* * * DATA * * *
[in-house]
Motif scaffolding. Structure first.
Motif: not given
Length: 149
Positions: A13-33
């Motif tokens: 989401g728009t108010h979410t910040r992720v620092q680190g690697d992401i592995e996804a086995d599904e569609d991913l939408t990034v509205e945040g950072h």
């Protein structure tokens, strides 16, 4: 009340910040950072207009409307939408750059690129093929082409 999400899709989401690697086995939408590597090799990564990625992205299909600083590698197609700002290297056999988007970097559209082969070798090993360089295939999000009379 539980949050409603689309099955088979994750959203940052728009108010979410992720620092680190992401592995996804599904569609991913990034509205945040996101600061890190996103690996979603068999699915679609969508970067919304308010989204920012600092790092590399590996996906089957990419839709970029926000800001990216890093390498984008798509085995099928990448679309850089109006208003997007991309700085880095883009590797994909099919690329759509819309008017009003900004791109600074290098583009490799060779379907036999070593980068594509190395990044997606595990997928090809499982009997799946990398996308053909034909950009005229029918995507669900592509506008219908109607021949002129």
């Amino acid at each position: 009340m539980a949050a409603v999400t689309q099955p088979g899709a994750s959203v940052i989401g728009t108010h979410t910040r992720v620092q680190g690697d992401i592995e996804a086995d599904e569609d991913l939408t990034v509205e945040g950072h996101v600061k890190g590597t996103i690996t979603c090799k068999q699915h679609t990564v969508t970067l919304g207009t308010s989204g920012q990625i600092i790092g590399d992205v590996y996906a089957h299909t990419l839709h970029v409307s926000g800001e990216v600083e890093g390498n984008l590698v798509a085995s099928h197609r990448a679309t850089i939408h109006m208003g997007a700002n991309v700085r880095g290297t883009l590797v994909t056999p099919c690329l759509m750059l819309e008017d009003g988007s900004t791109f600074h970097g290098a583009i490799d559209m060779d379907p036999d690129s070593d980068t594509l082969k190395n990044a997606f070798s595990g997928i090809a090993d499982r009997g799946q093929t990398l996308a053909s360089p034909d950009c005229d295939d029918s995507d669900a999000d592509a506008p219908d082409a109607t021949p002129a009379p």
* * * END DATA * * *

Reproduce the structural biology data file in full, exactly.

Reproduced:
[in-house]
Motif scaffolding. Structure first.
Motif: not given
Length: 149
Positions: A13-33
């Motif tokens: 989401g728009t108010h979410t910040r992720v620092q680190g690697d992401i592995e996804a086995d599904e569609d991913l939408t990034v509205e945040g950072h």
């Protein structure tokens, strides 16, 4: 009340910040950072207009409307939408750059690129093929082409 999400899709989401690697086995939408590597090799990564990625992205299909600083590698197609700002290297056999988007970097559209082969070798090993360089295939999000009379 539980949050409603689309099955088979994750959203940052728009108010979410992720620092680190992401592995996804599904569609991913990034509205945040996101600061890190996103690996979603068999699915679609969508970067919304308010989204920012600092790092590399590996996906089957990419839709970029926000800001990216890093390498984008798509085995099928990448679309850089109006208003997007991309700085880095883009590797994909099919690329759509819309008017009003900004791109600074290098583009490799060779379907036999070593980068594509190395990044997606595990997928090809499982009997799946990398996308053909034909950009005229029918995507669900592509506008219908109607021949002129």
């Amino acid at each position: 009340m539980a949050a409603v999400t689309q099955p088979g899709a994750s959203v940052i989401g728009t108010h979410t910040r992720v620092q680190g690697d992401i592995e996804a086995d599904e569609d991913l939408t990034v509205e945040g950072h996101v600061k890190g590597t996103i690996t979603c090799k068999q699915h679609t990564v969508t970067l919304g207009t308010s989204g920012q990625i600092i790092g590399d992205v590996y996906a089957h299909t990419l839709h970029v409307s926000g800001e990216v600083e890093g390498n984008l590698v798509a085995s099928h197609r990448a679309t850089i939408h109006m208003g997007a700002n991309v700085r880095g290297t883009l590797v994909t056999p099919c690329l759509m750059l819309e008017d009003g988007s900004t791109f600074h970097g290098a583009i490799d559209m060779d379907p036999d690129s070593d980068t594509l082969k190395n990044a997606f070798s595990g997928i090809a090993d499982r009997g799946q093929t990398l996308a053909s360089p034909d950009c005229d295939d029918s995507d669900a999000d592509a506008p219908d082409a109607t021949p002129a009379p």